For now though, I decided to start filling out random numbers by row. This is what my initial code looked like.


function fillTable(row) {
  for (var i = 1; i <= maxColumns; i++) {
    var selectCell = row + i;
    //console.log(selectCell);
    document.getElementById(selectCell).innerHTML = fillCell(selectCell);
    if (i == maxColumns && row != maxRow) {
      i = 0;
      row = nextChar(row);
    } else if (i == maxColumns && row == maxRow) {
      break;
    }
  }
}

Did it work? Yes! I ended up with grid of random numbers filled out! Sure, there’s really no rhyme or reason for where numbers ended up, but it certainly looks like a completed Sudoku puzzle, right?

Screenshot 2015-01-26 17.20.12

Step 3: Let’s put some real numbers in there

Alright, entering a bunch of random numbers into a grid is pretty fun for all of 5 minutes. (To be honest, it was pretty fun) But to take this to the next level, I really needed to have the beginning of a Sudoku puzzle in there.

A few quick Google searches later, and I found a suitable candidate! One thing I decided early on was to store all this data in an object — mostly so I could easily update it with different puzzles later on. It ended up looking like this.


var allCells = {
  a1: "", a2: 1, a3: "", a4: 6, a5: "", a6: 4, a7: 3, a8: "", a9: 7,
  b1: 3, b2: 5, b3: 6, b4: "", b5: "", b6: "", b7: "", b8: "", b9: "",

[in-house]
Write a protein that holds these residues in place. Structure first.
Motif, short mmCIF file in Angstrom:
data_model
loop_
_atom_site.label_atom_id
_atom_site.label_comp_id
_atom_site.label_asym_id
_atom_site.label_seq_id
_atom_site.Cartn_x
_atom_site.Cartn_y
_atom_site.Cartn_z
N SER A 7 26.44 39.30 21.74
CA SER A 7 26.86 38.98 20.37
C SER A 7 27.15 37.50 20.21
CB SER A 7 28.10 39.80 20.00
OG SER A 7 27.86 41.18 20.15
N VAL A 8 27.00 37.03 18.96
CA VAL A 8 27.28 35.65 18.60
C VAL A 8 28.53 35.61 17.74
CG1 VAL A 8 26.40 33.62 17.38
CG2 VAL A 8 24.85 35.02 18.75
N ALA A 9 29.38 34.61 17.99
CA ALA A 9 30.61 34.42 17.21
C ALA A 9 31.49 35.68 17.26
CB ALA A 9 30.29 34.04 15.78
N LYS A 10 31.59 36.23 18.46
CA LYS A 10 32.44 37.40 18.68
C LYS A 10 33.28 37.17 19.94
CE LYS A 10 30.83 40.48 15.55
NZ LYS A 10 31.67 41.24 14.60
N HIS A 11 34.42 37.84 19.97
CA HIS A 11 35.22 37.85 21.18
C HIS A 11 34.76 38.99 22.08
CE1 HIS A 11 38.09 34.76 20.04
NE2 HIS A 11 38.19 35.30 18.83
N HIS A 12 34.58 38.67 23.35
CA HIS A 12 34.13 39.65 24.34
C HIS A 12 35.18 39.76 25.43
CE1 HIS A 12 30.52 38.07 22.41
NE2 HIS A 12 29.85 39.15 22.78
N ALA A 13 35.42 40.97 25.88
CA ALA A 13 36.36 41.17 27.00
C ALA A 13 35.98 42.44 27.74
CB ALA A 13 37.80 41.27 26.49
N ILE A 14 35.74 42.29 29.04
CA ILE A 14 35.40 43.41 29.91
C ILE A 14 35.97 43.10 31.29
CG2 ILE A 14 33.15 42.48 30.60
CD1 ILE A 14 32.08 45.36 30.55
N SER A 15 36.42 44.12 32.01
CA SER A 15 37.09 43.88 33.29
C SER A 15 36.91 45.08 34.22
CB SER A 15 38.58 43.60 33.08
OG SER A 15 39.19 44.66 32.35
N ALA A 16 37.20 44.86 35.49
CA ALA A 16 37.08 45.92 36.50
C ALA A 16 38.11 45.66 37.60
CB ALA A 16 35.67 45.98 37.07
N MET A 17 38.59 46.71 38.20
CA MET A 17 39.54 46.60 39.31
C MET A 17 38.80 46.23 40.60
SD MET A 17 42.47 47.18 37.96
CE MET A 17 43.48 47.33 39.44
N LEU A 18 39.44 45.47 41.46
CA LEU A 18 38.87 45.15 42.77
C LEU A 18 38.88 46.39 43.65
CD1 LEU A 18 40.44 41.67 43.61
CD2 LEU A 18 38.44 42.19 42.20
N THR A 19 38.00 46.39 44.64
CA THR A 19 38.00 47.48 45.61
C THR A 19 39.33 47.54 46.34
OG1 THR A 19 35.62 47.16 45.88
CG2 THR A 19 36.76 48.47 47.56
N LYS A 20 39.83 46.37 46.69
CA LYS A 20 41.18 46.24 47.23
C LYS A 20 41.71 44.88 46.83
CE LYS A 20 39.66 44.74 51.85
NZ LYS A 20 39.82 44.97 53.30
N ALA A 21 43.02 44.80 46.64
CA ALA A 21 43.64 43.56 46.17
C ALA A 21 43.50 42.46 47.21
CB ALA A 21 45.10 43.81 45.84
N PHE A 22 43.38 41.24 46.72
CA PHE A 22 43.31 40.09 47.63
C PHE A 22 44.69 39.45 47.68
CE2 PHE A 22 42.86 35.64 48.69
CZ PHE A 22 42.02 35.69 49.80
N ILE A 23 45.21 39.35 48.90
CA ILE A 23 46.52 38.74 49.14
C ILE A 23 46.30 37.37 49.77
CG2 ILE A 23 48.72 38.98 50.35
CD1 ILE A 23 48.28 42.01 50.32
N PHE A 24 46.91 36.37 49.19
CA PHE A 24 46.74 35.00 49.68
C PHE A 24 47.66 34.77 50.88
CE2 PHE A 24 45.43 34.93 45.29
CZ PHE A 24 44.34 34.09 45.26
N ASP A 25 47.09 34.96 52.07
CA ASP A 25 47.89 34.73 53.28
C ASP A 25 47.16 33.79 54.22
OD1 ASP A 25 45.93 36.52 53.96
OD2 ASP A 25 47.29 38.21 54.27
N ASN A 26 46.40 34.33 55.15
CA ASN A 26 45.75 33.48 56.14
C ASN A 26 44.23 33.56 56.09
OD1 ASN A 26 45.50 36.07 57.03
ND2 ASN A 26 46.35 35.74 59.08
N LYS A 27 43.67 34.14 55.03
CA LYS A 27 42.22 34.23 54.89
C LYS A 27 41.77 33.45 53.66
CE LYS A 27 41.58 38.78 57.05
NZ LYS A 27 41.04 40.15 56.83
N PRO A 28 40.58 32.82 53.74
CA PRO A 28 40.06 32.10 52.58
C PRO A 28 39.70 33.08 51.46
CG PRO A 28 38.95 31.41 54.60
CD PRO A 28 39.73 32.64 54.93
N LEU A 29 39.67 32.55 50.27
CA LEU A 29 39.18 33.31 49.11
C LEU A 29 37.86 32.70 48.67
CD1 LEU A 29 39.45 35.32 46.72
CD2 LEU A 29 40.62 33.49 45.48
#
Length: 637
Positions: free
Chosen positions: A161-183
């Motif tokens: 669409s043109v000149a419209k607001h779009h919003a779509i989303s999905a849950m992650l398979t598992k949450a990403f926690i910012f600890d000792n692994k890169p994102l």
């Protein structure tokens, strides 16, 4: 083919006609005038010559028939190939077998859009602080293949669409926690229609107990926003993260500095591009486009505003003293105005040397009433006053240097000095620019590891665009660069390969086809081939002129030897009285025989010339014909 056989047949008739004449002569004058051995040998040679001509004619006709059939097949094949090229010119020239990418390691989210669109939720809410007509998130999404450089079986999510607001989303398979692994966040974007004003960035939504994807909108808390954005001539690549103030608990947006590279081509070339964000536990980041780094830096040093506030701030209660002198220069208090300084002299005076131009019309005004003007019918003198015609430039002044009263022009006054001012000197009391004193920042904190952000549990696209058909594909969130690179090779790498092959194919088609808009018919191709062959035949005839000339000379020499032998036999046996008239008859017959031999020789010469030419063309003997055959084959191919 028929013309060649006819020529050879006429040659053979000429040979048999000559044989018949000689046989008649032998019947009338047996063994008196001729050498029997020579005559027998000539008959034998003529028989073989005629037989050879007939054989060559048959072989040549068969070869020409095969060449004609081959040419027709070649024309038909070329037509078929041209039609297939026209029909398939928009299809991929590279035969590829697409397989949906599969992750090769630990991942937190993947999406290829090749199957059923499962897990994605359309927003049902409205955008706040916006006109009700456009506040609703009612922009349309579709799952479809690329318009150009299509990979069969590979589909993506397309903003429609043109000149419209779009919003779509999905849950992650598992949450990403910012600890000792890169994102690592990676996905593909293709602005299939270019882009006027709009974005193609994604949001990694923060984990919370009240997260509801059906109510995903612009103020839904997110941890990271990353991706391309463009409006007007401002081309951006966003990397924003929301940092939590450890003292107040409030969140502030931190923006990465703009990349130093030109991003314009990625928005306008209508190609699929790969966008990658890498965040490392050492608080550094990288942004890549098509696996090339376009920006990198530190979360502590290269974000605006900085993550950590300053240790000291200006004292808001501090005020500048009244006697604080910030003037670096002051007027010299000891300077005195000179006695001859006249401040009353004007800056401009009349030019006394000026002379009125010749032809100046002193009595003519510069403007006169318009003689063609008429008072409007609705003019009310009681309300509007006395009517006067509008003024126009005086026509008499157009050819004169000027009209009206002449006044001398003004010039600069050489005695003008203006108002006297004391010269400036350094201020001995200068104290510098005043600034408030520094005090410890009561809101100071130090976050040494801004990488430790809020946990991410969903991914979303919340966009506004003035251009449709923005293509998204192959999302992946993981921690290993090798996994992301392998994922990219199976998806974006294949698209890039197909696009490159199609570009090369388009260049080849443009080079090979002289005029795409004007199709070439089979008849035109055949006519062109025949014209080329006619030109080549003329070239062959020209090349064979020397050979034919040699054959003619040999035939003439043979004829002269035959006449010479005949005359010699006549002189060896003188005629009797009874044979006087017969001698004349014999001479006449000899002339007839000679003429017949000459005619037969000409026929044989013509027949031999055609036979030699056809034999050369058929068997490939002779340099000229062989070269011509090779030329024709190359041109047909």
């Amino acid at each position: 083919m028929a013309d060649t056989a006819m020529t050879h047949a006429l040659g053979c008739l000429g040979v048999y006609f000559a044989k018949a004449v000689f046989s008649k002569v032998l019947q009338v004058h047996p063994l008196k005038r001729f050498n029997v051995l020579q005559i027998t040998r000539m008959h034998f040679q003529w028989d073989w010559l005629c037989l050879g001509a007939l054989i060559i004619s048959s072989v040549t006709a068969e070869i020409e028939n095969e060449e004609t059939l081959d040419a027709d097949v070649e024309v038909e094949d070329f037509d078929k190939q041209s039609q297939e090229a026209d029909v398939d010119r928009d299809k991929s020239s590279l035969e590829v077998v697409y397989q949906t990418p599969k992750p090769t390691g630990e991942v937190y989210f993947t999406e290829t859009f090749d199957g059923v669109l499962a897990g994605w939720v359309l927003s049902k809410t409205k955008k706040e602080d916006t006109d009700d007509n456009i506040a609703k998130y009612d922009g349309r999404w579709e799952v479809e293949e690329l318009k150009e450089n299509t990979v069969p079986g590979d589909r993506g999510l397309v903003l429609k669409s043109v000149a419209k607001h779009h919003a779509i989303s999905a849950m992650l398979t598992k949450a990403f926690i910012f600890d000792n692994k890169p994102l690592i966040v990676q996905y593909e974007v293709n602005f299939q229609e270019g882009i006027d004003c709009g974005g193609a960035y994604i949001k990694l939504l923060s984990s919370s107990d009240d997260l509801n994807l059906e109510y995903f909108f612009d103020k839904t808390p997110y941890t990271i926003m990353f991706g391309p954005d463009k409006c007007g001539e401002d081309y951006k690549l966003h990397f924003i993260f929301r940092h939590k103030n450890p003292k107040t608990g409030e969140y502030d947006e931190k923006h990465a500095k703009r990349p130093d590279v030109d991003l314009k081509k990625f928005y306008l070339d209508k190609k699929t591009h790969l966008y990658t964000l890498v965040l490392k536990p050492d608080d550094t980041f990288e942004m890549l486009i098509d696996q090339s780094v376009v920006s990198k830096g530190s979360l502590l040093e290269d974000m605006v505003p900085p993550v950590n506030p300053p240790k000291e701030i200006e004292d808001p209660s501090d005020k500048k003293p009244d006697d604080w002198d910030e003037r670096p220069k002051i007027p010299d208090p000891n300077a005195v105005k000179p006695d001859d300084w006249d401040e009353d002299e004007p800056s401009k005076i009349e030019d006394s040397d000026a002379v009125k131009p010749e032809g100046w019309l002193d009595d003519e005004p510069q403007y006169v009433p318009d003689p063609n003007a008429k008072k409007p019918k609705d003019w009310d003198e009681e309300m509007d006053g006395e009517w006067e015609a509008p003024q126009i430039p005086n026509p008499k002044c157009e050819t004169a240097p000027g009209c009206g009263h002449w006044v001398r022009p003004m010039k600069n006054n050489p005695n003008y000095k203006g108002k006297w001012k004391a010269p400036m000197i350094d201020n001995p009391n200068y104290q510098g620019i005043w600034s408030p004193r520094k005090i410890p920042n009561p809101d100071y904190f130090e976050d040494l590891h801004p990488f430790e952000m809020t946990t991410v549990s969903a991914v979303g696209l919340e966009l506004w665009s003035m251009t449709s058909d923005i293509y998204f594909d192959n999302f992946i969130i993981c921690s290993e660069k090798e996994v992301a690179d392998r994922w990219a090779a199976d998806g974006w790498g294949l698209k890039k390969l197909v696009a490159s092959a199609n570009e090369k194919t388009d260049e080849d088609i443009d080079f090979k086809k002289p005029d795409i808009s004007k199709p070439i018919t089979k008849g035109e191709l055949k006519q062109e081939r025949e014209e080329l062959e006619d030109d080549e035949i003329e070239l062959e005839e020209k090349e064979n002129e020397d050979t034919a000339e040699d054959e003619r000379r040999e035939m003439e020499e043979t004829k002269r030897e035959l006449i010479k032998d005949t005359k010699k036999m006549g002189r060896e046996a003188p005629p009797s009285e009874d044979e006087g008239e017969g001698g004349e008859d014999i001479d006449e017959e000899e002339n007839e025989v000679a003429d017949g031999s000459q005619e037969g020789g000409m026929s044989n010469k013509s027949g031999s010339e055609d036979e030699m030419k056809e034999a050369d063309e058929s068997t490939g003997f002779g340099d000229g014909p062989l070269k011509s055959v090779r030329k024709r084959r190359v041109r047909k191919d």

c1: "", c2: "", c3: "", c4: "", c5: 5, c6: 3, c7: 6, c8: 9, c9: "",
  d1: "", d2: 8, d3: 3, d4: 2, d5: 6, d6: "", d7: 4, d8: "", d9: 9,
  e1: "", e2: "", e3: "", e4: "", e5: "", e6: "", e7: "", e8: "", e9: "",
  f1: 4, f2: "", f3: 5, f4: "", f5: 7, f6: 8, f7: 2, f8: 6, f9: "",
  g1: "", g2: "", g3: "", g4: "", g5: "", g6: "", g7: "", g8: "", g9: "",
  h1: "", h2: "", h3: "", h4: "", h5: "", h6: "", h7: 7, h8: 2, h9: 4,
  i1: 7, i2: "", i3: 9, i4: 4, i5: "", i6: 2, i7: "", i8: 8, i9: ""
};

On top of this, I wanted to easily differentiate the initial numbers that were created on a brand new board (so I could easily see what my script was generating, versus what was already in place on the board). I wrote a function to modify the DOM and change the font weight and background color of the starting cells.


function setupBoard(row) {
  var row = row;
  var cellValue = 0;